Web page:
Under this hypothetical, the awarding of an incentive grant to the group of teachers would not be "an appropriation of public funds to a nonpublic school" as prohibited under the state constitution. While the Brownell Talbot teacher (and the school) would arguably receive an indirect benefit from participating in the grant project, such indirect benefits are not proscribed. The court has expressly rejected the argument that the provision of indirect benefits to a nonpublic school violates Article VII, S Ii. Bouc, 211 Neb. at 737, 320 N.W.2d at 476.

Hypothetical "B": An individual who is employed as a math teacher at St. Teresa Elementary School in Lincoln, Nebraska, appli~s for a major competitive grant in order to purchase lap top computers which will be used to conduct training programs for all of the math teachers at the school in order to increase their ability to work with educational technology in their classrooms.

In this situation, again, an award to the teacher would not be an appropriation "to a nonpublic school." The awarding of such a grant, however, would likely violate the principle of Article VII, $ 11 in that the incentive grant would set aside state money for use only by a nonpublic school teacher in a nonpublic school setting and would benefit the school's teachers and its students. See State ex rel. Creighton Univ., 217 Neb. at 684, 353 N.W.2d at 272.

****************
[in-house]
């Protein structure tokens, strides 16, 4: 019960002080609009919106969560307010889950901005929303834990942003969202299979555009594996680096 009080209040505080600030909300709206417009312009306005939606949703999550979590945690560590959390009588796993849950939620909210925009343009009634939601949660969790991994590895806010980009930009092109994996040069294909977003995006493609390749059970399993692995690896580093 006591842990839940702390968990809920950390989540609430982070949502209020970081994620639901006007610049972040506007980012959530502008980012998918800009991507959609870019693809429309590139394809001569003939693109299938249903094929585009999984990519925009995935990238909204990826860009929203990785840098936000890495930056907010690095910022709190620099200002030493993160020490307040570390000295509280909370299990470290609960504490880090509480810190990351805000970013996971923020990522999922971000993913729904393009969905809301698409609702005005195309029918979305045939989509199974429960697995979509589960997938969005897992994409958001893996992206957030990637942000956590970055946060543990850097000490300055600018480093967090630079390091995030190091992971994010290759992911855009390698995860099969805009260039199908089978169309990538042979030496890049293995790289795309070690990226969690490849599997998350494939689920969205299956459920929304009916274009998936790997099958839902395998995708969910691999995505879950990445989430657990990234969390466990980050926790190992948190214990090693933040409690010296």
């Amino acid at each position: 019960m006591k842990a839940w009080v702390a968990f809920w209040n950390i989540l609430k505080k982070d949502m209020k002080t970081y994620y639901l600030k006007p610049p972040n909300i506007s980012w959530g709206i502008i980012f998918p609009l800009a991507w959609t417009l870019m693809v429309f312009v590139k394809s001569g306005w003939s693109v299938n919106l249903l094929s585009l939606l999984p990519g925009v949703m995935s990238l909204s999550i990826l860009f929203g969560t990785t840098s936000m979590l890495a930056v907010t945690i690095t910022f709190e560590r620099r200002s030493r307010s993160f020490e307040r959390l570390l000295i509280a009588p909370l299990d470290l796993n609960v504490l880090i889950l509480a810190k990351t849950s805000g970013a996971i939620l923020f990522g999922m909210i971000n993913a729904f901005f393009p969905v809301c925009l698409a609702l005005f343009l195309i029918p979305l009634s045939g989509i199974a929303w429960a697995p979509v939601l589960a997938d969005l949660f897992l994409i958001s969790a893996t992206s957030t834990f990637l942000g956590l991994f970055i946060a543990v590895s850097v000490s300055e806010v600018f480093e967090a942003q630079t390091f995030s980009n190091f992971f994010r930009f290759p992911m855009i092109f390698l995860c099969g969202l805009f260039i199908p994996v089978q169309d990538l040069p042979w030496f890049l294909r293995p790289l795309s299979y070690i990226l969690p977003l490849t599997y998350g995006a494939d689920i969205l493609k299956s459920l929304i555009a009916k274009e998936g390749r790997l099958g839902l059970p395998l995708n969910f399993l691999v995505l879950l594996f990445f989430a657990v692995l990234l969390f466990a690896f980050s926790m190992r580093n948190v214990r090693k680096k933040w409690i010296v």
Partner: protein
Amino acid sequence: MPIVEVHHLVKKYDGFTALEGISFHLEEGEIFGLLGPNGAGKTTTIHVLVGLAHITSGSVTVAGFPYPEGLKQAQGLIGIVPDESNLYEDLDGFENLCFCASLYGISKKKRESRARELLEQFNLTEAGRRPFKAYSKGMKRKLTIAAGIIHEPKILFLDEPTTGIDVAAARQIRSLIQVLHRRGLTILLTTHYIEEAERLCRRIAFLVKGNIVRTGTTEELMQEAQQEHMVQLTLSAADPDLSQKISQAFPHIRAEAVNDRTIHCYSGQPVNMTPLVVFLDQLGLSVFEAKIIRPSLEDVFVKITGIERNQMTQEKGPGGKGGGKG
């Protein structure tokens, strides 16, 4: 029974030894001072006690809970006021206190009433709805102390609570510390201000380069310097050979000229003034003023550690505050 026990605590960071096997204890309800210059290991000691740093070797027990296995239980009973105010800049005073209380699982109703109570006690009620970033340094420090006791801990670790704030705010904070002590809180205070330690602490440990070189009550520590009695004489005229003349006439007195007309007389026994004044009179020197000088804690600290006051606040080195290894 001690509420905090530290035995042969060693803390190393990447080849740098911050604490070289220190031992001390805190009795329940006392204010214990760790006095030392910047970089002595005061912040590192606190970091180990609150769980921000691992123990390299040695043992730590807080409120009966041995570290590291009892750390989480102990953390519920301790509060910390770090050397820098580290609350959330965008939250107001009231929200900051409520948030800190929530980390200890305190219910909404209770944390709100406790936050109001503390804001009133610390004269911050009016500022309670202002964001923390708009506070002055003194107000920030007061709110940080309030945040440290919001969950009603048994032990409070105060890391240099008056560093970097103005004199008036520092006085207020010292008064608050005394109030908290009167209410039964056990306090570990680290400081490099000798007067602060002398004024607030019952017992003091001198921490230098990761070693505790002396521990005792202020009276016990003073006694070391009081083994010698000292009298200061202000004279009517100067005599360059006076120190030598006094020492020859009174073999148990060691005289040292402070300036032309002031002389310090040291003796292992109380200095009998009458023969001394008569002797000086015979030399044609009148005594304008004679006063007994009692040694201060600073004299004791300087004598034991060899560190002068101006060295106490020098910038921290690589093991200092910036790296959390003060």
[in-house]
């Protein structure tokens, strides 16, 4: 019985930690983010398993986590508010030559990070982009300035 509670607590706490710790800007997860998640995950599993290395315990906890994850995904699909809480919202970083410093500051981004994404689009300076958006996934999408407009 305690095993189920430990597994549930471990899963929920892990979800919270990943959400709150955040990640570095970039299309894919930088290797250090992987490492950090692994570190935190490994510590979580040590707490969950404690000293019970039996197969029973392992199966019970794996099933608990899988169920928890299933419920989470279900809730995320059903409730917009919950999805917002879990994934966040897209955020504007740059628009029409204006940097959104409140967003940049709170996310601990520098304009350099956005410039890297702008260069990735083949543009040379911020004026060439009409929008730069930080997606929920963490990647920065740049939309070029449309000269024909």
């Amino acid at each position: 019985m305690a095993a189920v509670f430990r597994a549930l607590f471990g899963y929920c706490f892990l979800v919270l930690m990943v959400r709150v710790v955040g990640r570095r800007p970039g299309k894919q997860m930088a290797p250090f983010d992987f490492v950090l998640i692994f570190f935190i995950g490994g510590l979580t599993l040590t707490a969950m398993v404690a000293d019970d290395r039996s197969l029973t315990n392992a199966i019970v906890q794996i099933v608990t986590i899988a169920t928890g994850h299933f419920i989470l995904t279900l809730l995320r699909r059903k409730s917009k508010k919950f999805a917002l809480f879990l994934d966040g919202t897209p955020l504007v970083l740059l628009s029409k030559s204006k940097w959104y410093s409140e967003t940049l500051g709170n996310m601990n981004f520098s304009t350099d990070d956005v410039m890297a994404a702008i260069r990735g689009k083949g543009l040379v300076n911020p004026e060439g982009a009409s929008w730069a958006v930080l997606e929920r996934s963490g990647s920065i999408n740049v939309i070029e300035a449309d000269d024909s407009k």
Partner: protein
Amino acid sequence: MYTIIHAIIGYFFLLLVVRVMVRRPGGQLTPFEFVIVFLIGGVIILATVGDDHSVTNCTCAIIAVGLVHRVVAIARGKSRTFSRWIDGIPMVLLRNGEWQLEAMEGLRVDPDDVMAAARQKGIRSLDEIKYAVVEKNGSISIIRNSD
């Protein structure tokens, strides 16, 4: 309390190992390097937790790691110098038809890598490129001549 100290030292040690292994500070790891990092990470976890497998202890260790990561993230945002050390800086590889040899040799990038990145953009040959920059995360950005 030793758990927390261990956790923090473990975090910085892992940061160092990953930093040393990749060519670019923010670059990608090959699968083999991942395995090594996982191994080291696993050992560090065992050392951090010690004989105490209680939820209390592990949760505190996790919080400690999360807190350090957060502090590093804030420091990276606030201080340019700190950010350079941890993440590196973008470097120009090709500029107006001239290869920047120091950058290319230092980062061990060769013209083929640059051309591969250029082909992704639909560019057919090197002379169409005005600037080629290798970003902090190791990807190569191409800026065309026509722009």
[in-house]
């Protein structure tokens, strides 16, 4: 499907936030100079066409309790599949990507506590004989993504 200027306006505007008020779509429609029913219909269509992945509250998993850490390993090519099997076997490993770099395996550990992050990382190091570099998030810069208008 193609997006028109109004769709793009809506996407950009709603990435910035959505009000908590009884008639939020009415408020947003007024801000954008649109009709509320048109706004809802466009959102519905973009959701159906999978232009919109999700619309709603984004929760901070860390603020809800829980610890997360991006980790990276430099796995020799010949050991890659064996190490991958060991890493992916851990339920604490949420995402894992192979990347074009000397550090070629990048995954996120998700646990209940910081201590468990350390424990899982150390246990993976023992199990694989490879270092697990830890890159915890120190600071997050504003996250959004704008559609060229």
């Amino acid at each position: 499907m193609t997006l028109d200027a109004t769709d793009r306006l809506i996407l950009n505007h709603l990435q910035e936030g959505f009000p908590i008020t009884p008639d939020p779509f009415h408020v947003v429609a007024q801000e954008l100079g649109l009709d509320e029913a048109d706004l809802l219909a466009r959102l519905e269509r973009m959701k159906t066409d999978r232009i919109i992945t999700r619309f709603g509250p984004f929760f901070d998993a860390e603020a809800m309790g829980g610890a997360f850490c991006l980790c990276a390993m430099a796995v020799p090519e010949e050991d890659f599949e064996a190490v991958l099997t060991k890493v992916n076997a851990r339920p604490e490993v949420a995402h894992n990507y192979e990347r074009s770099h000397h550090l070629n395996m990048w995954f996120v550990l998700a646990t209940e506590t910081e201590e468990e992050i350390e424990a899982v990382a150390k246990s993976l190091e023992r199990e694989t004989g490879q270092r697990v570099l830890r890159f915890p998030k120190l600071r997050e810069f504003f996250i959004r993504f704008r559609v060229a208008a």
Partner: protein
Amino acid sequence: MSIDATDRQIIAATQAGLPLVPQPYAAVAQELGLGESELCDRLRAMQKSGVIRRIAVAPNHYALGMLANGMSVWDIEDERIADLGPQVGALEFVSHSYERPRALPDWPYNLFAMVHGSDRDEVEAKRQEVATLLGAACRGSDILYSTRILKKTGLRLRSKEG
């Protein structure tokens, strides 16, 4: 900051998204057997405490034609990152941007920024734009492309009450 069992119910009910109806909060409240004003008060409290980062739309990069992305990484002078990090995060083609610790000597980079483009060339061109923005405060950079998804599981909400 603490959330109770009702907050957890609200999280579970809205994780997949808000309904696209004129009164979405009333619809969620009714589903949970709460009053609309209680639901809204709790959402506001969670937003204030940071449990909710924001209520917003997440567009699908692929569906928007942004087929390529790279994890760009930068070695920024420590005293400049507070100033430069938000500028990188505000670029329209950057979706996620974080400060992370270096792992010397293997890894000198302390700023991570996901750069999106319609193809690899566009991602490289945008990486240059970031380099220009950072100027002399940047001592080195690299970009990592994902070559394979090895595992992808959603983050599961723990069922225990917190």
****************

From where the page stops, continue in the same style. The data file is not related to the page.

6 Neb. Rev. Star. S 9-812(2) expressly authorizes major competitive grants to be awarded from the Fund to "groups of teachers." In addition, one of the purposes for which incentive grants may be awarded includes "alternative programs for students, including . . . dropouts."

Neb. Rev. Stat. S 9-812 provides that an individual teacher may apply for a major competitive grant. The statute further provides that incentive grants may be awarded for "If training programs designed to benefit all teachers at all levels of education by increasing their ability to work with educational technology an the classroom."